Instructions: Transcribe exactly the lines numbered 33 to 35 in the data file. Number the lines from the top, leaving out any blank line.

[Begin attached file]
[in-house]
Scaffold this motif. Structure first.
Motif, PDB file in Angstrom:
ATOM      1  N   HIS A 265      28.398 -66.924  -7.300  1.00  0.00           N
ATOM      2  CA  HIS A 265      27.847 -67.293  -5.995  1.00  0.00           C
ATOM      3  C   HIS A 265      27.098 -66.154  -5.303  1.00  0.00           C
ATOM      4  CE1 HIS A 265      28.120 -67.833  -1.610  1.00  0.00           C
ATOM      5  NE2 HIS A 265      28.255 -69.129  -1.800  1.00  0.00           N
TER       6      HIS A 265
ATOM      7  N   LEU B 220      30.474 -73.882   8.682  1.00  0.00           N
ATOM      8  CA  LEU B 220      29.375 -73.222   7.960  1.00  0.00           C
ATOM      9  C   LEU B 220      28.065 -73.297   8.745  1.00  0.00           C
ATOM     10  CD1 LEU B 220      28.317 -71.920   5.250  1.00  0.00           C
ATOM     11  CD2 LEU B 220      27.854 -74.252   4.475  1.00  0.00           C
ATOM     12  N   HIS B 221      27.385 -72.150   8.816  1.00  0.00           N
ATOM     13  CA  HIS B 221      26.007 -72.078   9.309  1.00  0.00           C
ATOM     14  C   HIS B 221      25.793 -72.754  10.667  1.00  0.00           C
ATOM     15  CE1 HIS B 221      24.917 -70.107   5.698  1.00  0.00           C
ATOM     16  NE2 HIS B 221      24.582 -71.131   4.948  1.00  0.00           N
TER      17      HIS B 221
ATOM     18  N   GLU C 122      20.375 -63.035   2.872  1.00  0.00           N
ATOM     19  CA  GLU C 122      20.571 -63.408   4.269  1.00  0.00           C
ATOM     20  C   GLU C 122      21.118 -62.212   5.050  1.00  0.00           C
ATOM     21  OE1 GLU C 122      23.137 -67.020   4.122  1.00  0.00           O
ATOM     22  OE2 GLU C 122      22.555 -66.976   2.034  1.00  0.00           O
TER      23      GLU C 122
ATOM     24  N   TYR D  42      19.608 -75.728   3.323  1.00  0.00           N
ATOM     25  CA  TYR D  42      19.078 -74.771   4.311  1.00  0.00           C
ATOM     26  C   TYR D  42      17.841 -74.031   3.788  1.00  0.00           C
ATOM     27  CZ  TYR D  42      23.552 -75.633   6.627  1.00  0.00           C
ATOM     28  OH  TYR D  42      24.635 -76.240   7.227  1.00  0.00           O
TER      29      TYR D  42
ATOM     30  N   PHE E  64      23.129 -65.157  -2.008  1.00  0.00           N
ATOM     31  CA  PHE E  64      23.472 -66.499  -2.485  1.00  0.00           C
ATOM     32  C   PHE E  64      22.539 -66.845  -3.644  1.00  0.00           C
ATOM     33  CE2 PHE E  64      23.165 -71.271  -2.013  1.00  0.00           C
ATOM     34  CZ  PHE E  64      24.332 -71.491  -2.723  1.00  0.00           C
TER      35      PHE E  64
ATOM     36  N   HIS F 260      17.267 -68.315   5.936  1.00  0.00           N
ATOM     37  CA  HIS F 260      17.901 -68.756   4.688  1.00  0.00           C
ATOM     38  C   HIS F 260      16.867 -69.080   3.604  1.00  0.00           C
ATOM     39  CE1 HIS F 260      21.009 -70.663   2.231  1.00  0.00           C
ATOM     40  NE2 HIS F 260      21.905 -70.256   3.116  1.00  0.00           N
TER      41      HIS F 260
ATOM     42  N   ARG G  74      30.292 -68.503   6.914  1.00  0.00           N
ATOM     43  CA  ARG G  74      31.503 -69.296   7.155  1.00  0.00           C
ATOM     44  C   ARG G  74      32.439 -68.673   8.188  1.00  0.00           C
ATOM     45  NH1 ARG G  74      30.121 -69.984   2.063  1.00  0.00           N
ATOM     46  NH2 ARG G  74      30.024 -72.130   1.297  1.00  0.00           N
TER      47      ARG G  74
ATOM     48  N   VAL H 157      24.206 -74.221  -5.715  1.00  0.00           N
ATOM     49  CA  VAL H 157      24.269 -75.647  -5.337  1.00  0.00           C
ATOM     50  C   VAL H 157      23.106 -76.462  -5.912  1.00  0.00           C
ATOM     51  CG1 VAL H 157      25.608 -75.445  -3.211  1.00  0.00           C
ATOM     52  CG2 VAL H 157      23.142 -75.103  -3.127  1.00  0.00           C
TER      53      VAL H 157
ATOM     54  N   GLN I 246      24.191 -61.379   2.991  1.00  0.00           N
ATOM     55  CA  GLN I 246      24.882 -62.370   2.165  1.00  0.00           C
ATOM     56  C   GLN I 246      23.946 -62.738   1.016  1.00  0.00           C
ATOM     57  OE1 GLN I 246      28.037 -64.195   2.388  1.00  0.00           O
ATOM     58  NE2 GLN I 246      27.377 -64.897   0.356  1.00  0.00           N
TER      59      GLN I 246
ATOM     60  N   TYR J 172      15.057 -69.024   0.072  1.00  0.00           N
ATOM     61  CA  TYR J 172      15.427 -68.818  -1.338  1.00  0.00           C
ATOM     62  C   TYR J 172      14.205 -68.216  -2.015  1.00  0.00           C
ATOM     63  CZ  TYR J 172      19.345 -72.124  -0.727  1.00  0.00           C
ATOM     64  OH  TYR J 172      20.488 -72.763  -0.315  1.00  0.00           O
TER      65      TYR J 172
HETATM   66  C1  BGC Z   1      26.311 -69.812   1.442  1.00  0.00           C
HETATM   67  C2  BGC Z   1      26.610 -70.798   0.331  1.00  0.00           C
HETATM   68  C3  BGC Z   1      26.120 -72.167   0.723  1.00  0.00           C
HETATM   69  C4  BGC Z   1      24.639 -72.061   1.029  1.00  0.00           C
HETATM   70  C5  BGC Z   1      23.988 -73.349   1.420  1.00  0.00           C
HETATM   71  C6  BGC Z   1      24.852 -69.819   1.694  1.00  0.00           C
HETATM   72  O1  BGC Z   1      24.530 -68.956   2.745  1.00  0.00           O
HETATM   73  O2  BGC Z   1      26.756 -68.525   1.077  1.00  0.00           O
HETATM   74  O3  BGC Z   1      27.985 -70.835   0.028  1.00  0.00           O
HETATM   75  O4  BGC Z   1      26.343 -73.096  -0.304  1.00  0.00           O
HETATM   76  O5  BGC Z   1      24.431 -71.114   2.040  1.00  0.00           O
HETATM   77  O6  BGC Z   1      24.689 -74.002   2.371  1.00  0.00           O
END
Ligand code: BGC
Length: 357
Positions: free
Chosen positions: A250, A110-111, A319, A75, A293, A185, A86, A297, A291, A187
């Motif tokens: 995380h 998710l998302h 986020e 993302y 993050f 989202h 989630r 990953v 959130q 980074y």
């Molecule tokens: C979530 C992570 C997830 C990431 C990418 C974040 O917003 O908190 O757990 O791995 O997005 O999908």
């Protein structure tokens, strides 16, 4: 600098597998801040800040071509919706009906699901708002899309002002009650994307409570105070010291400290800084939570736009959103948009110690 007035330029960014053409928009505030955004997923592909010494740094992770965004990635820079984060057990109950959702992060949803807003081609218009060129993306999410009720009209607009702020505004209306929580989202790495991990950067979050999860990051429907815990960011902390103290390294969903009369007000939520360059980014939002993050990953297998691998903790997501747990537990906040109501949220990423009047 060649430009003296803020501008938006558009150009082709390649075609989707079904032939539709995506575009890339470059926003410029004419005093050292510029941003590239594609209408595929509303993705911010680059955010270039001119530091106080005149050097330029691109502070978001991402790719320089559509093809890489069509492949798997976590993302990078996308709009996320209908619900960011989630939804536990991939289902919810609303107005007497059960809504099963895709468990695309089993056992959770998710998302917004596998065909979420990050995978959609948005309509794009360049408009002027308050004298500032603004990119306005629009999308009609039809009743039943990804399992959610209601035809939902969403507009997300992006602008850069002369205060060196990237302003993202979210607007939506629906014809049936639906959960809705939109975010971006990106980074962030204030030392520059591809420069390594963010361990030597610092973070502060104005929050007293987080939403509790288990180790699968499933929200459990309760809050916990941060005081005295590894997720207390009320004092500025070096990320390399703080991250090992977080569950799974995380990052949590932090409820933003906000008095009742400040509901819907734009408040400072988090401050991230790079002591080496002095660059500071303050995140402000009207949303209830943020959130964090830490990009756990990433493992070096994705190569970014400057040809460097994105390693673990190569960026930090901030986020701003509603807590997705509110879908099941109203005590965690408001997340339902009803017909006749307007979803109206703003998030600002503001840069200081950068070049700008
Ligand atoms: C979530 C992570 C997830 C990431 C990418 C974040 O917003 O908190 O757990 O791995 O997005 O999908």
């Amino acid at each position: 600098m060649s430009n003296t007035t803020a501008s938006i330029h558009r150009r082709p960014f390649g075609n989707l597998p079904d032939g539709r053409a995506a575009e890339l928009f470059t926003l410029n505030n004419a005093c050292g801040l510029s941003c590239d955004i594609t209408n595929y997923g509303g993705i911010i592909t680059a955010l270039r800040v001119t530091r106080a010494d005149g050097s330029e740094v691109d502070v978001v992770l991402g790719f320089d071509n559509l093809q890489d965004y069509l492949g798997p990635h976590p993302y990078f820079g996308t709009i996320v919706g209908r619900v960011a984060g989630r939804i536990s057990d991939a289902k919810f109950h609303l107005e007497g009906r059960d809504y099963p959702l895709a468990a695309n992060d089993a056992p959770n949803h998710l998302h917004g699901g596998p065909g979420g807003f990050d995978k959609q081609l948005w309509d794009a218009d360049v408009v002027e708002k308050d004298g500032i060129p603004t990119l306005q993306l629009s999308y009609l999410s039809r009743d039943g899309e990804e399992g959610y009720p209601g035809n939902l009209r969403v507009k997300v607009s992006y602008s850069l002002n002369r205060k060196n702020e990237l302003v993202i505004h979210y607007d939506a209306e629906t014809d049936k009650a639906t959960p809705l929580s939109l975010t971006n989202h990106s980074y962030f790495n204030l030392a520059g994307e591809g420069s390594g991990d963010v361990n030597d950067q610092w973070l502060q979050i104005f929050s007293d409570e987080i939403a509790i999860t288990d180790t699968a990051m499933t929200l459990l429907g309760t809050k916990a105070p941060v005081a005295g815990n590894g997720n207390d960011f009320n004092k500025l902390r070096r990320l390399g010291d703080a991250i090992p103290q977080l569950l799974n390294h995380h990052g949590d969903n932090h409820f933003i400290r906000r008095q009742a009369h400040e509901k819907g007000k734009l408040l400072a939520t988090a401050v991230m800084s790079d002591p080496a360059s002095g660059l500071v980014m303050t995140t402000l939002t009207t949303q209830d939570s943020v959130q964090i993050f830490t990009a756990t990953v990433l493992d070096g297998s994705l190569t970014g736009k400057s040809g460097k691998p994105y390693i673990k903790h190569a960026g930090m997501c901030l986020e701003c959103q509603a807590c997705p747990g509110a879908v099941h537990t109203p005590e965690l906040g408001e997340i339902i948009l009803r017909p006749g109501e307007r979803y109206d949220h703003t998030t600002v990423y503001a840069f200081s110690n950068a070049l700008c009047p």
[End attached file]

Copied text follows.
ATOM     30  N   PHE E  64      23.129 -65.157  -2.008  1.00  0.00           N
ATOM     31  CA  PHE E  64      23.472 -66.499  -2.485  1.00  0.00           C
ATOM     32  C   PHE E  64      22.539 -66.845  -3.644  1.00  0.00           C